Well, the next day I spoke to him again on the phone and found out that although he suffered a lot of painful soft tissue damage in both hands, the only bone fractures occurred in one finger of his left hand. He then related to me the story of his hospital visit.

"You took away my gun and pants and made me wear a dress," he joked with hospital staff, "and you wonder why men don't want to come here." He underwent surgery with only local anesthesia, and as he lay in his "dress," his legs began to shake uncontrollably and his blood pressure went up -- signs of adrenaline stress.

It was then he began to concentrate on tactical breathing, because he knows that breathing and heart rate go together. As he slowed his breathing, one of team commented, "Your blood pressure is going down." Adrenaline dump managed.

He should be back to cutting hair by the first week of March with a renewed sense of God's providence in good and bad life experiences and a cracker-jack story about tactical breathing for adrenaline stress management.

So, stop his shop in few weeks. The story is a lot better when he tells it.

Wednesday, January 25, 2017

A Link for Improvised Weapons

A Christian lady lawyer from Texas shared this link on Facebook, and I like the article's approach that you can turn virtually anything into an improvised weapon. Some of its ideas are more practical than others, but it's all there to inspire the MacGyver in each of us.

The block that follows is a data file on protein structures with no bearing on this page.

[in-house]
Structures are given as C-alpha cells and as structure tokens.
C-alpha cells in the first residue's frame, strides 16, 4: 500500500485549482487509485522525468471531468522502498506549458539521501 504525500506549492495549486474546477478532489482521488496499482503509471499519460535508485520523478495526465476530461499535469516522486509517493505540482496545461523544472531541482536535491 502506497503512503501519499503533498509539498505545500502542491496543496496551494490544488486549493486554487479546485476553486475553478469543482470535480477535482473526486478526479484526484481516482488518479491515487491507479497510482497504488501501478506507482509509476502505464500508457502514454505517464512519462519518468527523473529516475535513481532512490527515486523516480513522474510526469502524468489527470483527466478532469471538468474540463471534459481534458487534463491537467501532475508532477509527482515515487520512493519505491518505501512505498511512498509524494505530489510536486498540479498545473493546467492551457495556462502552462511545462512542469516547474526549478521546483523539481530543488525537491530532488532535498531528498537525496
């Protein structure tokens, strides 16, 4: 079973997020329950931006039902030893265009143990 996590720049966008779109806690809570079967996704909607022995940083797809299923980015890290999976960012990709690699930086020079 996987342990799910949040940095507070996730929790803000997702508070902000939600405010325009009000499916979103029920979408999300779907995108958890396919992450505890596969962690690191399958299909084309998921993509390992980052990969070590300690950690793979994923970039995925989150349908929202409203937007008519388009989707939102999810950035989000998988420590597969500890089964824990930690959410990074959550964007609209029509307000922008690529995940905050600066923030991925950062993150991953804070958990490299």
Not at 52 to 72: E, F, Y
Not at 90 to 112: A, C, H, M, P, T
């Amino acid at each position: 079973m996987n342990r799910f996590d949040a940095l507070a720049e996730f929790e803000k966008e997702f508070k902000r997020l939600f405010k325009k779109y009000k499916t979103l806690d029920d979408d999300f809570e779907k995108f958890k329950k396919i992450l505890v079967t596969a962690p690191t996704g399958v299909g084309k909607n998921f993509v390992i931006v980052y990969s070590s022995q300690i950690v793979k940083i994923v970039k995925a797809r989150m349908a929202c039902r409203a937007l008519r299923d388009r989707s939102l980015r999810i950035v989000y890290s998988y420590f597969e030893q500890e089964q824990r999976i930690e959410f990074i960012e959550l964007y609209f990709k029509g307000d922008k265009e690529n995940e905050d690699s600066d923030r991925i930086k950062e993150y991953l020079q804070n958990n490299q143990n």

How to Turn 12 Everyday Items Into Improvised Weapons

Saturday, January 21, 2017

Why You Should Learn Wrist Escapes, 3

Continued from "Why You Should Learn Wrist Escapes, 2"

In the last post, I told about how leverage provides an efficient means to escape a wrist grab. It allows you break free from the strongest grip effortlessly.

Today, I want to point out that you must apply this leverage not only efficiently, but also effectively. Beginning at 2:30 in the video below, the instructor shows the use of leverage to efficiently break a wrist grab. As you watch, can you see the woman putting herself in a more vulnerable position?



As she pushes her elbow forward to touch her attacker's forearm, she get close enough for him to punch her upside the head with his left hand. She needs a means to apply the efficiency of leverage in an effective manner.

She can do this by changing the orientation of her elbow. Instead of pointing the elbow down toward the floor and leaning directly in where he can reach her, she can go to the side. The following video illustrates this, beginning at 1:00 and running to 2:44.


This application not only removes your wrist efficiently from your assailant's grasp, but also effectively gets you out of the way of his other hand. Additionally, it sets you up to deliver a judo chop to his face, throat or neck, if necessary.